Posted by Richard Saunders

Common identification model shows promise in securing the cloud and the Internet ecosystem it inhabits

At the RSA 2011 conference in San Francisco, Microsoft Corporate VP Scott Charney discussed the concept of collective defense, in which the entire ecosystem of the Internet is secured under common standards — from servers, through the network, to applications, data and ultimately, people. This concept, of course, has profound implications for the cloud.

In his speech, Scott compares emerging online threats such as cybercrime and information espionage to epidemiology and the outbreak of human health problems such as the H1N1 virus.

Part of the solution, he says, is a common system for identification and authorization such that individuals would gain control of their online identities and be given choices about how those are used across the Internet. That breaks from the current system in which people essentially “rent” multiple online identities from a spectrum of providers and use them for different purposes.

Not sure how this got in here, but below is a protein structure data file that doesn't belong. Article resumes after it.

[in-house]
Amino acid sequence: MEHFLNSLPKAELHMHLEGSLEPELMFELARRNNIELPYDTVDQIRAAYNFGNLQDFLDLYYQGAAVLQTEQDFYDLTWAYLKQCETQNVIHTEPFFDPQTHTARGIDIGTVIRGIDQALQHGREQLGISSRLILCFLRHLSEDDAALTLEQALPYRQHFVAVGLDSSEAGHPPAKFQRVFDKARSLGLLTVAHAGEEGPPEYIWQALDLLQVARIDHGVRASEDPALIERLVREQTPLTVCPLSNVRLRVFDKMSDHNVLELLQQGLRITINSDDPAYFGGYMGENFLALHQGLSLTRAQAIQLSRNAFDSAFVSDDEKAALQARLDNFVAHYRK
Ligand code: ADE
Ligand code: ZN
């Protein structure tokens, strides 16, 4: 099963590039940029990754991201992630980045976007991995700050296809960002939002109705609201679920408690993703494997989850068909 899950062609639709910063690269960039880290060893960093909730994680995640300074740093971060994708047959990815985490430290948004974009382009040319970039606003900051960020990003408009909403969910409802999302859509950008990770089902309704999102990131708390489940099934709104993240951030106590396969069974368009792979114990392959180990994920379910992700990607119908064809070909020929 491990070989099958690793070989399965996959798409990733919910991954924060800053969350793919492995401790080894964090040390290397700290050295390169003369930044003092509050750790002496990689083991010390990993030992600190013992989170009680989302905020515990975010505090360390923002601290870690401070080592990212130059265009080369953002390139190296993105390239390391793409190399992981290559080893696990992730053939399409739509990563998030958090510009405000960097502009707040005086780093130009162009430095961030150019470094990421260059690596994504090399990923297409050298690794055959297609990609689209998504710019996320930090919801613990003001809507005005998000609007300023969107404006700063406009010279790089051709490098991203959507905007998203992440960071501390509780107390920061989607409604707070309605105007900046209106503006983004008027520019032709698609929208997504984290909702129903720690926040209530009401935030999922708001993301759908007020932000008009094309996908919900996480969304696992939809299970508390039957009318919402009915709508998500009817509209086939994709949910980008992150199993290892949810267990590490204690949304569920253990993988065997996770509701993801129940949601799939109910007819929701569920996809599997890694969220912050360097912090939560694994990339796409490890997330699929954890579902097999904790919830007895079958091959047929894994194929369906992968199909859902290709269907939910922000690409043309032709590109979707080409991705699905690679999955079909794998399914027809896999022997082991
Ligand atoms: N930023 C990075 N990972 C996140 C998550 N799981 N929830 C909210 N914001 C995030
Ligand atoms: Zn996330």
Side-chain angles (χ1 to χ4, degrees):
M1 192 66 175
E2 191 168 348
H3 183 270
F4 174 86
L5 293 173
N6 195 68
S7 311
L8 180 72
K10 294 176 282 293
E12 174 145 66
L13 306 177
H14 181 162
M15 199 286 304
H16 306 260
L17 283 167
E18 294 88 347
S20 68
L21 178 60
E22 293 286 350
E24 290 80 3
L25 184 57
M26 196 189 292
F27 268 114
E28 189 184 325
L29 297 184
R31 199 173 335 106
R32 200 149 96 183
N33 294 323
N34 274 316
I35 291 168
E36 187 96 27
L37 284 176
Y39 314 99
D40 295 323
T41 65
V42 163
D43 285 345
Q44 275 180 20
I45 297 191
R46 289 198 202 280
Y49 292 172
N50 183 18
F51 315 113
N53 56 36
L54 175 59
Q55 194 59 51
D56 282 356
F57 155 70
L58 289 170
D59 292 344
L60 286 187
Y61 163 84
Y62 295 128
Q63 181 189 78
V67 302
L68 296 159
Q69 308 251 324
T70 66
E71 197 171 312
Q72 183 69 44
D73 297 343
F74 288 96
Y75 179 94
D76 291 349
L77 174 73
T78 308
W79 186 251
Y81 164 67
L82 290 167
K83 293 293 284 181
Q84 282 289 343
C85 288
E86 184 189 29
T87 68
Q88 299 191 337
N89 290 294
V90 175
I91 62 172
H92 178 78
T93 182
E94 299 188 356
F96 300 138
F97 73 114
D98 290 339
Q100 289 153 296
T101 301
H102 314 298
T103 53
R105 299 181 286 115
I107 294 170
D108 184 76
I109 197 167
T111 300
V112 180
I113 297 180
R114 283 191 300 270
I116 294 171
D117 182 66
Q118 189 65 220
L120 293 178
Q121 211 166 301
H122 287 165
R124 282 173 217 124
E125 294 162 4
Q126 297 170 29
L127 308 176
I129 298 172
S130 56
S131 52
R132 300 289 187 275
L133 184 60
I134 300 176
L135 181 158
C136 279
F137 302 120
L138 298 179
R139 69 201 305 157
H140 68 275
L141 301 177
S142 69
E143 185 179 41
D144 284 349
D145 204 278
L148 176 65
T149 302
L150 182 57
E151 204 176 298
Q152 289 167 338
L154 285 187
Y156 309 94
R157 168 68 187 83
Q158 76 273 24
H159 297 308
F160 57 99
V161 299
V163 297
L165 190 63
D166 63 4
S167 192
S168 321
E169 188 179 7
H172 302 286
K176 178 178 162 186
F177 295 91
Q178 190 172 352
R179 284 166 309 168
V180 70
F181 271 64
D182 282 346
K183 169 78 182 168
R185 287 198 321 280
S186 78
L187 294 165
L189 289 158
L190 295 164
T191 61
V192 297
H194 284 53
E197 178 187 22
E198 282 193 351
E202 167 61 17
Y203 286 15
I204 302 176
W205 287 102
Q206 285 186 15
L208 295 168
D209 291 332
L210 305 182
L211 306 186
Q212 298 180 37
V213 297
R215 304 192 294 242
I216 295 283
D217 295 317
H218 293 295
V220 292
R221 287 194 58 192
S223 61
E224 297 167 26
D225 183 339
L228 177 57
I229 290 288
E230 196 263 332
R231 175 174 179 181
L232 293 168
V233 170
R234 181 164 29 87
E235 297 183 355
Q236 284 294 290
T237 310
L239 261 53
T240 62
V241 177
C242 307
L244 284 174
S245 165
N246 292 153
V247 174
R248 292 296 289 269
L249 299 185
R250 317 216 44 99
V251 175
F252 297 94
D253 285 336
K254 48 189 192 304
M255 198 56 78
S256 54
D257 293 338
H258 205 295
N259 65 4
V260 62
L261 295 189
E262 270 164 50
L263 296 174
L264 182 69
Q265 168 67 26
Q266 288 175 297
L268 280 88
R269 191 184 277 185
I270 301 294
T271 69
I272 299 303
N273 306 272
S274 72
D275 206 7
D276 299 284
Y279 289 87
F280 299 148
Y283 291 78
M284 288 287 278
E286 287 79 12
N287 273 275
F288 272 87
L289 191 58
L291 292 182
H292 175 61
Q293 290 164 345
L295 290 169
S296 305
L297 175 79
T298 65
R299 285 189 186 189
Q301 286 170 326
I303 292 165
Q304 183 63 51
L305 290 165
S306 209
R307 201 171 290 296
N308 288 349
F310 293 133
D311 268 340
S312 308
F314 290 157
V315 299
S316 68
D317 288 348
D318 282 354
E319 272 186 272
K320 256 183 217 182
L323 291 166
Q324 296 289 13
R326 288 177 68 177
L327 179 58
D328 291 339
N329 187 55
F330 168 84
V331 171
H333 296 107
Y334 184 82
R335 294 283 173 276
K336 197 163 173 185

It’s a controversial idea that has its share of critics, but Scott says an ID system on the Internet would actually work a lot more like a physical wallet:

“You have maybe a corporate ID that you pull out when you’re in your company building. You have a credit card that you pull out when you’re at the store. You have a driver’s license you pull out when you want to fly. You have a passport that you might pull out when you want to go travel internationally. You have multiple IDs that serve different purposes, and you get to choose which ID you want to pull out for what occasion. And it’s going to work the same way in the ID ecosystem in the IT world.”

Part of the idea behind collective defense is to improve attribution for online activities — people would be known and identifiable online much as they are in the physical world. People could choose to remain anonymous in a particular forum, or be identified and authenticated to gain access to others, but their identities would be intact and thus, presumably, their actions would have consequences.

The reasoning behind this movement, Scott says, is that the Internet is an environment we all share, and the actions of a few can affect many — much the same rationale as smoking bans in public places.

Read the rest of Scott’s keynote here.